5. Zarate CA, Brutsche NE, Ibrahim L, Franco-Chaves J, Diazgranados N, Cravchik A, Selter J, Marquardt CA, Liberty V, Luckenbaugh DA. Replication of ketamine's antidepressant efficacy in bipolar depression a randomized controlled add-on trial. Biol. Psychiatry. 2012;71:939–946.

6. Luckenbaugh DA, Ibrahim L, Brutsche N, Franco-Chaves J, Mathews D, Marquardt CA, Cassarly C, Zarate CA. Family history of alcohol dependence and antidepressant response to an N-methyl-D-aspartate antagonist in bipolar depression. Bipol. Disord. 2012;14:880–887.

7. Schumann G, Johann M, Frank J, Preuss U, Dahmen N, Laucht M, Rietschel M, Rujescu D, Lourdusamy A, Clarke TK, Krause K, Dyer A, Depner M, Wellek S, Treutlein J, Szegedi A, Giegling I, Cichon S, Blomeyer D, Heinz A, Heath S, Lathrop M, Wodarz N, Soyka M, Spanagel R, Mann K. Systematic analysis of glutamatergic neurotransmission genes in alcohol dependence and adolescent risky drinking behavior. Arch. Gen. Psychiatry. 2008;65:826–838.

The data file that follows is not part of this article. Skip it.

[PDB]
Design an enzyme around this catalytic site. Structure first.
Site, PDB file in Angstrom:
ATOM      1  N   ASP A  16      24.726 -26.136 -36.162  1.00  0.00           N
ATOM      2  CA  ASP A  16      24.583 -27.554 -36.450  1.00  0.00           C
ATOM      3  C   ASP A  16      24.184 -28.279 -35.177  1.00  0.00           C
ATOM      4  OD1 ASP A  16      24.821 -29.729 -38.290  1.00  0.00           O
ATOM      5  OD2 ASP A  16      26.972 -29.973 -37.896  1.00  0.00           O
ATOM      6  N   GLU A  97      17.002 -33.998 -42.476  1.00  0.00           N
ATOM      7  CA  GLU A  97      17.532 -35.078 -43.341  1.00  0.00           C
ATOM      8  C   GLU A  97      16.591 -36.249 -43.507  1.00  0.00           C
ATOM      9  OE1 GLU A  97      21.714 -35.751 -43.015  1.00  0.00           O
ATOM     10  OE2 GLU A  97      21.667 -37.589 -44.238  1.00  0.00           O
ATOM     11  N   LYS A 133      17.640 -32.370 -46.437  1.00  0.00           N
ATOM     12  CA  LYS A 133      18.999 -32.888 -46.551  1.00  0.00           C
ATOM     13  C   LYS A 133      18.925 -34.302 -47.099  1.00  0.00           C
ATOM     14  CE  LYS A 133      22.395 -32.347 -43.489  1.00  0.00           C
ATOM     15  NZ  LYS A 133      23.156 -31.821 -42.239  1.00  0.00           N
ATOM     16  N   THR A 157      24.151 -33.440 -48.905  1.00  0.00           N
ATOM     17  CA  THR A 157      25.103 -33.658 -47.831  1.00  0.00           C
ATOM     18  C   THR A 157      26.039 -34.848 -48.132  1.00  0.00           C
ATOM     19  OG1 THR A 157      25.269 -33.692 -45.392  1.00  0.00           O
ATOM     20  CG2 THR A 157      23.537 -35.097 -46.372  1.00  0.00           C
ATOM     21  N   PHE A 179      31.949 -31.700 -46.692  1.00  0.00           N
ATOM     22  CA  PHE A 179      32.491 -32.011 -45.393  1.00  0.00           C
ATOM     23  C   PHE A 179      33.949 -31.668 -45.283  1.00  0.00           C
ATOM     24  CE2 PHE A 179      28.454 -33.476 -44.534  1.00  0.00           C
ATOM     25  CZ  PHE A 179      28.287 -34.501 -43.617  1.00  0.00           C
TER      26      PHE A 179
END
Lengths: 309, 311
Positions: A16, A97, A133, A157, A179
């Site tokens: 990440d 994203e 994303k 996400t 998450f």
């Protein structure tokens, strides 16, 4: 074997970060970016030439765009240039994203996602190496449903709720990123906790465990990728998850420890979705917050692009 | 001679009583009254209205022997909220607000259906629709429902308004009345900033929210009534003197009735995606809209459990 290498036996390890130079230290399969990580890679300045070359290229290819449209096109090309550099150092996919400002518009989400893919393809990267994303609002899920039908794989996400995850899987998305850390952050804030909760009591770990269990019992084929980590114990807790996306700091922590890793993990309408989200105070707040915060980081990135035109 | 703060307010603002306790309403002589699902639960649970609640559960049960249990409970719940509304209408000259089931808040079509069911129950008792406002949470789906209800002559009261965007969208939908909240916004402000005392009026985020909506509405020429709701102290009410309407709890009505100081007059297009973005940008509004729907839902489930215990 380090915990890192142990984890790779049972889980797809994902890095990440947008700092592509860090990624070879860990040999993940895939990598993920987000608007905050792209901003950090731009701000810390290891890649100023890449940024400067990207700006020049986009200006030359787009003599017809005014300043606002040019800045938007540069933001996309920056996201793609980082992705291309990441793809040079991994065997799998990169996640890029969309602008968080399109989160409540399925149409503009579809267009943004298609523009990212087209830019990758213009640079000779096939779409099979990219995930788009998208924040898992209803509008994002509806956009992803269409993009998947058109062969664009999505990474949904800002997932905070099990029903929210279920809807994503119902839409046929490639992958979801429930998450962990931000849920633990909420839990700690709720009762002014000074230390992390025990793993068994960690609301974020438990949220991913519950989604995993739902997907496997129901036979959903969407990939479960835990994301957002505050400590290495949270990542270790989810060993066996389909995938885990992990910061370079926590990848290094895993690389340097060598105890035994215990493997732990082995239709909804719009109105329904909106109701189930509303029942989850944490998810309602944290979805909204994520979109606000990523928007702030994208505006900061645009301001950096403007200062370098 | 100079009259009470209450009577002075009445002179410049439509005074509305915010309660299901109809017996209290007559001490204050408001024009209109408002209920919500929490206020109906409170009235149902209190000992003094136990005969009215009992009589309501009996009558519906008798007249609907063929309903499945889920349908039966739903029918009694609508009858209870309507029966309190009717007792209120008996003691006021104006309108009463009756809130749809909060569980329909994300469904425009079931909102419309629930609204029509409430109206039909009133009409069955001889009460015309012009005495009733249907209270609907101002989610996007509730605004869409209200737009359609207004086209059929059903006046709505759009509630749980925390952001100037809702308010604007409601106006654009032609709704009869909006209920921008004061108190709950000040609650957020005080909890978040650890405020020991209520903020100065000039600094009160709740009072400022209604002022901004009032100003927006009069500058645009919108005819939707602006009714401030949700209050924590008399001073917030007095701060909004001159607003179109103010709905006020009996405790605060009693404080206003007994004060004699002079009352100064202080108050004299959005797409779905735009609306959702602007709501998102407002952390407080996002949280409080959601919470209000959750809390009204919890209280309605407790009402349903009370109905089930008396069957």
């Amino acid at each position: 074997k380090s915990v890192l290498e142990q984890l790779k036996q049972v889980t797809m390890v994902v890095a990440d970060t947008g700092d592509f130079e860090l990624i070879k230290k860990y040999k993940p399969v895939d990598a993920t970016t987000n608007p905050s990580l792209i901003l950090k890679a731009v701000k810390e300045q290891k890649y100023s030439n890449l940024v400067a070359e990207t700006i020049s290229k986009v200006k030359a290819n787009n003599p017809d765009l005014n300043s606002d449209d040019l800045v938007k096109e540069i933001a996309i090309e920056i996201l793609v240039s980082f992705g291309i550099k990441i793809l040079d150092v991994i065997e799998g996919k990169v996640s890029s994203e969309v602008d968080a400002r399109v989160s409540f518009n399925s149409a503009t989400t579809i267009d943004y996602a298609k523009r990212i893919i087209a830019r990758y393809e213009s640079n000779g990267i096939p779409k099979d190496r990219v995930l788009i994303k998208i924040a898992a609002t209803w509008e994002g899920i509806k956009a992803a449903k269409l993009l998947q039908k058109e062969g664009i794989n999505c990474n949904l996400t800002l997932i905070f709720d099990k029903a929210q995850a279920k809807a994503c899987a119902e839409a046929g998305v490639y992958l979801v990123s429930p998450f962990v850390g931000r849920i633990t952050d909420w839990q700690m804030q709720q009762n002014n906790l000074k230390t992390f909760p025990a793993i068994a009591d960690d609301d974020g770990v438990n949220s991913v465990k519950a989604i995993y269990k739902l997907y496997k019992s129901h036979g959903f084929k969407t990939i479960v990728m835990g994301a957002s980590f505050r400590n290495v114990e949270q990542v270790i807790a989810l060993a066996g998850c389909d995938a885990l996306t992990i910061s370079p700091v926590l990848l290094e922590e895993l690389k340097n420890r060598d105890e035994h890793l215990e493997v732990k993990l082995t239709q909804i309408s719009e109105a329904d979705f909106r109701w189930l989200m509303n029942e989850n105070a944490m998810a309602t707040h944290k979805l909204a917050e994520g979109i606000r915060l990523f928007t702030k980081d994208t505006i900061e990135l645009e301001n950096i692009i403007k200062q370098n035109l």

8. Li N, Lee B, Liu RJ, Banasr M, Dwyer JM, Iwata M, Li XY, Aghajanian G, Duman RS. mTOR-dependent synapse formation underlies the rapid antidepressant effects of NMDA antagonists. Science. 2010;329:959–964.

9. Hayley S, Litteljohn D. Neuroplasticity and the next wave of antidepressant strategies. Front. Cell. Neurosci. 2013;7:218.

10. Scheidegger M, Walter M, Lehmann M, Metzger C, Grimm S, Boeker H, Boesiger P, Henning A, and Seifritz E. Ketamine decreases resting state functional network connectivity in healthy subjects implications for antidepressant drug action. PLoSOne. 2012;7:e44799.

11. Li N, Lee B, Liu RJ, Banasr M, Dwyer JM, Iwata M, Li XY, Aghajanian G, Duman RS. mTOR-dependent synapse formation underlies the rapid antidepressant effects of NMDA antagonists. Science. 2010;329:959–964.